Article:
News 8 On Call: what you need to know about Sarcoma, a rare cancer


NEW HAVEN, Conn. (WTNH) – July is Sarcoma Awareness Month, and for good reason.

Dr. Hari Deshpande at Yale Cancer Center explains, “There are only 15,000 cases a year in the whole country and you can imagine with numbers like that, many people don’t even know that it exists.”

The sarcoma specialist says of those cases, there are more than 50 different types of the rare cancer.

He says, “Sarcoma involves the muscle, the fats, the tissue, in-between the skin and the fibrous tissue. It also involves the bone as well.”

Some tumors grow slowly, others are aggressive.

Are there risk factors?

“We don’t know what causes them but there is some, a small percentage, that are hereditary,” says Dr. Deshpande, “We do know that radiation can cause sarcomas so anyone who has had radiation exposures is at a slightly higher risk of getting sarcomas than the general population.”

Are there warning signs?

He says, “Sometimes people don’t know they have it. If they have a sarcoma in their abdomen, it can grow really quite large before they can even feel anything. If they have it on their arm or their leg, they will just see a lump that keeps growing.”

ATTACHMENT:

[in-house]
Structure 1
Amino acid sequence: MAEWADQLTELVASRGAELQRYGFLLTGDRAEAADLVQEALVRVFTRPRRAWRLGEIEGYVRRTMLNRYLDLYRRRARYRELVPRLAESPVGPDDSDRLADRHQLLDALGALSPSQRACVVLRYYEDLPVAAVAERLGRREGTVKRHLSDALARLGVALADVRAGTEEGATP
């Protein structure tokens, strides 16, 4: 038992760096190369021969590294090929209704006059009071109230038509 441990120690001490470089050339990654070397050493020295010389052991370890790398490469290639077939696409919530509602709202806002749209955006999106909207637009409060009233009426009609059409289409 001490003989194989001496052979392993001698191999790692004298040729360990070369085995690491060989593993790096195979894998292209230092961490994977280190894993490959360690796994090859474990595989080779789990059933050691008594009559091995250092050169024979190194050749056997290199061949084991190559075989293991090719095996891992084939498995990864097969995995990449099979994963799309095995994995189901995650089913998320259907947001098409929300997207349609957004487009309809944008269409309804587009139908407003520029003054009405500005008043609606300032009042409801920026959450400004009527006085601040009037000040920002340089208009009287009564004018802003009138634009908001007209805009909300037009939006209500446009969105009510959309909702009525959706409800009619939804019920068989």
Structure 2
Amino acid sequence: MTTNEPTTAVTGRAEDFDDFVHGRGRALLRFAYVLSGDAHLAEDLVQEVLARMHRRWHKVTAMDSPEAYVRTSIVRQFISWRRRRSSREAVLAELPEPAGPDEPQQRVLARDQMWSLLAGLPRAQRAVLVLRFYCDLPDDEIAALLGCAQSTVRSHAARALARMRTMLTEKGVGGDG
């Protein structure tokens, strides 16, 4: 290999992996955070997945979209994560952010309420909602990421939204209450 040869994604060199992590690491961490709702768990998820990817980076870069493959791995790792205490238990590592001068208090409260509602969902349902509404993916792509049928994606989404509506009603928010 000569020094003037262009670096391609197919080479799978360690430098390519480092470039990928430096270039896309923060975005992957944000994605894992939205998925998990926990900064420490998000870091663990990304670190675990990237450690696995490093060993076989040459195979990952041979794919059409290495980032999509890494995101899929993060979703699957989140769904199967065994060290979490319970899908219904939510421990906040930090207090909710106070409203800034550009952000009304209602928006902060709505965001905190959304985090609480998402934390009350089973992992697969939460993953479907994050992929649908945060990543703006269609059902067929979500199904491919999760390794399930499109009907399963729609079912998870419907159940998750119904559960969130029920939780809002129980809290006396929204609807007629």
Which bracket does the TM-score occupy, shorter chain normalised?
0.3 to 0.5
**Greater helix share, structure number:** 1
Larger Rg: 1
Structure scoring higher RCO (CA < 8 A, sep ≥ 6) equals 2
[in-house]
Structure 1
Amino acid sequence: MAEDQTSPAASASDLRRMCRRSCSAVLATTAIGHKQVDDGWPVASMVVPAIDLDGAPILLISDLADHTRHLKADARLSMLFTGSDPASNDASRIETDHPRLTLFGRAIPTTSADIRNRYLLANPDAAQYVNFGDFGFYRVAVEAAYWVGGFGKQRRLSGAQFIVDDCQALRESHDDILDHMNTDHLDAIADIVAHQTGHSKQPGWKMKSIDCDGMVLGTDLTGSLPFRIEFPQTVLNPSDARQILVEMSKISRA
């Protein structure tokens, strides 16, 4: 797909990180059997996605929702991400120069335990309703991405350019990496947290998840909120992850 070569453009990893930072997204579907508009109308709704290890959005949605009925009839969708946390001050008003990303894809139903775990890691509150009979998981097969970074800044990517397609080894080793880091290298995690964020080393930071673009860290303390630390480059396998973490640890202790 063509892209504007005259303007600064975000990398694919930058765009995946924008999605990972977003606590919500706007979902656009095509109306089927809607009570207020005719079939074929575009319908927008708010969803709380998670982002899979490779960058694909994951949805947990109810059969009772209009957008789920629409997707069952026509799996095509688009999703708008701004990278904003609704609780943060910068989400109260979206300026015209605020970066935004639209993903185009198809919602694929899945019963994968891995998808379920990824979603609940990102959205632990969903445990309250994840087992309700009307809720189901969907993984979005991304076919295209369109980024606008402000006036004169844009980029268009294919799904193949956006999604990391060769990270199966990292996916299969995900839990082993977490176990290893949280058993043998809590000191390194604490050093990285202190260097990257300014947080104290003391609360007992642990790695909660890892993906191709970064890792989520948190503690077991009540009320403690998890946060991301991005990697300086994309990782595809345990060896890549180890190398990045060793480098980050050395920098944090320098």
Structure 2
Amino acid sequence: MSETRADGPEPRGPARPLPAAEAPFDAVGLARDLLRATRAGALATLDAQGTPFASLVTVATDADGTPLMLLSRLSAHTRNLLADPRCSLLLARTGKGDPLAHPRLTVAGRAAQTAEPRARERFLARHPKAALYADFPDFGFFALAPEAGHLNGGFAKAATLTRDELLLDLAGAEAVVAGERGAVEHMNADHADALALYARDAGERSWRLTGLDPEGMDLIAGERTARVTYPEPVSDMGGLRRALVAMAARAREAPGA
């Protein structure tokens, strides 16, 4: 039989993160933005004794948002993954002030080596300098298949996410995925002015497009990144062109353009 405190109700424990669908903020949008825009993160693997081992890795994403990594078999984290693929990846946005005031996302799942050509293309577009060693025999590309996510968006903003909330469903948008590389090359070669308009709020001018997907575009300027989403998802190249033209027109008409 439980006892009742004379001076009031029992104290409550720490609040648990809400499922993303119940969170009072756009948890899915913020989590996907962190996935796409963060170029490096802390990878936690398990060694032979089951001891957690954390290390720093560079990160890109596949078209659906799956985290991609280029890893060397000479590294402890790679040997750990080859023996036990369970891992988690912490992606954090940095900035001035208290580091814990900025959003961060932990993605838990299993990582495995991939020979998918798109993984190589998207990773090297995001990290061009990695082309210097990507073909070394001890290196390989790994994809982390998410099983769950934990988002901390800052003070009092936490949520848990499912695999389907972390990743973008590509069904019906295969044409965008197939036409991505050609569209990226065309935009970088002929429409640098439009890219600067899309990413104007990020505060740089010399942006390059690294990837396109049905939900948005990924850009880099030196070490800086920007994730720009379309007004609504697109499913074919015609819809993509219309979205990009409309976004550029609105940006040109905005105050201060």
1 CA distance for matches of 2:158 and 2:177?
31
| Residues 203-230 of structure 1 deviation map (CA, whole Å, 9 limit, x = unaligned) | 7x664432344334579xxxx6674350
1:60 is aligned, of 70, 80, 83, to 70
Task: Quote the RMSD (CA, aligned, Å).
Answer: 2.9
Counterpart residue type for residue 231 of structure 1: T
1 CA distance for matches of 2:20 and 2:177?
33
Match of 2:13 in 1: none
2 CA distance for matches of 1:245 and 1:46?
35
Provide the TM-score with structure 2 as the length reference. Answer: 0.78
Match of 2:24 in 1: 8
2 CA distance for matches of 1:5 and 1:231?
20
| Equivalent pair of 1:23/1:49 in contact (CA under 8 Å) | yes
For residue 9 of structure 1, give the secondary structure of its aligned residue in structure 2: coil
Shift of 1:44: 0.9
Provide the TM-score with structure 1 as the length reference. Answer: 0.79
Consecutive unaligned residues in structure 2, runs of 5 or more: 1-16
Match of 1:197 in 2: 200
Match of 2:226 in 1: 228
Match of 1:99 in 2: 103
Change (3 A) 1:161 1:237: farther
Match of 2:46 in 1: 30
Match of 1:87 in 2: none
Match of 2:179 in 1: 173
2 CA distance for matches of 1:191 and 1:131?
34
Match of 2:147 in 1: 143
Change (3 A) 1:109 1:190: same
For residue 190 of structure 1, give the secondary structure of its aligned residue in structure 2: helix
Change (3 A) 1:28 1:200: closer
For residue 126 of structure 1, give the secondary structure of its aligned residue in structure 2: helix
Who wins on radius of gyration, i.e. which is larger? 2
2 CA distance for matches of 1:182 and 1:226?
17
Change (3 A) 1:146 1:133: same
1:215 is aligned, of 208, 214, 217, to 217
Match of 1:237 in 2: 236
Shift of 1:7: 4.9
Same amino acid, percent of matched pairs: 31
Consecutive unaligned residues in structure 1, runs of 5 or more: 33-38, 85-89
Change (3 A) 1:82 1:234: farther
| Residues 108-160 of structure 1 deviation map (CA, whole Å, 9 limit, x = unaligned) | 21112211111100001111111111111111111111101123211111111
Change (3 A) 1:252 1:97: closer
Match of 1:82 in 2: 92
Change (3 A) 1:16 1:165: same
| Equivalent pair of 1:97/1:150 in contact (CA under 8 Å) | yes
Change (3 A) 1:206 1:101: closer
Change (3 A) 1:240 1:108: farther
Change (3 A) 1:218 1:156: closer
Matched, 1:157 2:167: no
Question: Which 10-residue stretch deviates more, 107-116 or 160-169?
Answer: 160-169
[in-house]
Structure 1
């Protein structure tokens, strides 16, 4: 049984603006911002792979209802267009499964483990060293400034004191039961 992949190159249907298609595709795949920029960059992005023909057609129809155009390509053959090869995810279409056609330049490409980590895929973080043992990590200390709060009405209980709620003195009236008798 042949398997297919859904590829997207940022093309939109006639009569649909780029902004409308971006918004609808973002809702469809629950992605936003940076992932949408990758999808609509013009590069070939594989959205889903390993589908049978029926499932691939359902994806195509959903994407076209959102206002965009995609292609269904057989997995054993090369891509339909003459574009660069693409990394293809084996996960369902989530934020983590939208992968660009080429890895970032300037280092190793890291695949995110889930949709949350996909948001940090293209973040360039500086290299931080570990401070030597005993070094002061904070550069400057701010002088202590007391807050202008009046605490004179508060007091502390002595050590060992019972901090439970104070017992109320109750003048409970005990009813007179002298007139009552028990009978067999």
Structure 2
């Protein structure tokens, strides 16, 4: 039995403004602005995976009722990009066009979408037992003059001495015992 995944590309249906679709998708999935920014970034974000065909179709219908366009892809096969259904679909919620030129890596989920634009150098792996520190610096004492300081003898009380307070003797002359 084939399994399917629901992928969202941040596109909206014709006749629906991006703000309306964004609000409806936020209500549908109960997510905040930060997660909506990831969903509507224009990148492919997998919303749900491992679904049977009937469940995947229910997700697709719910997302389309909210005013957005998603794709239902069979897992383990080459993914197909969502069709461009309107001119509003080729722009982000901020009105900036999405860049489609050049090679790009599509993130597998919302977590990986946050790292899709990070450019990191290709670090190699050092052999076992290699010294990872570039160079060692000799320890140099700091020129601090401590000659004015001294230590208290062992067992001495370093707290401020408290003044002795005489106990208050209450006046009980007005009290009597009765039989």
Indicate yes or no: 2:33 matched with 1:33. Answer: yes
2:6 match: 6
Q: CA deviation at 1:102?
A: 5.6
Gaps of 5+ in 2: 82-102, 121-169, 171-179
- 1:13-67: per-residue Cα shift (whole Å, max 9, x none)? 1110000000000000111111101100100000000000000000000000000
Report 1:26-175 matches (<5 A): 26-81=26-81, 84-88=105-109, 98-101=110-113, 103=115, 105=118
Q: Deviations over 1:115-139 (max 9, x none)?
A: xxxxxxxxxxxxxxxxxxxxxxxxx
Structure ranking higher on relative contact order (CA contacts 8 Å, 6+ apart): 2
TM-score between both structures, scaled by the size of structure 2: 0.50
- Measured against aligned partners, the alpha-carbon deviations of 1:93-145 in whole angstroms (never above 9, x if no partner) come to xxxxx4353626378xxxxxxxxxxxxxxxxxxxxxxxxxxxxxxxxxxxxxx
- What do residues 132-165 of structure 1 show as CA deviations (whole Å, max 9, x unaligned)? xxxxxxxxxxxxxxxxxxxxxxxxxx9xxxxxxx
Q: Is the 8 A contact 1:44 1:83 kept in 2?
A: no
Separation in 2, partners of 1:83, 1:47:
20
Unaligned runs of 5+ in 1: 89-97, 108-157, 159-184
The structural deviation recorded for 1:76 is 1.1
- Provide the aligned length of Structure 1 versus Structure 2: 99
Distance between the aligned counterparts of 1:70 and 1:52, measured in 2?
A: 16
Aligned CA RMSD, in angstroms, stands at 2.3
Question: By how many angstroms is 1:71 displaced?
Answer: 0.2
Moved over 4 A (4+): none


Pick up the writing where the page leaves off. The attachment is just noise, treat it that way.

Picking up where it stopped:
Treatment for sarcoma?

“For the very early stages, the stage I and stage II sarcomas, that’s based on the size, many of those are cured with removing it, sometimes giving radiation and sometimes chemotherapy afterwards,” he says.

And if the sarcoma is detected early, it’s much more treatable.

Sarcoma tends to develop mostly in the arms, legs and abdomen and chest areas.

Dr. Deshpande says if a lump appears and it doesn’t go away, you should have a doctor look at it.

Research for new treatments are ongoing.

There are a number of sarcoma clinical trials underway at Yale Cancer Center.

Have a health question? Send your questions to and we will get the answer for you.

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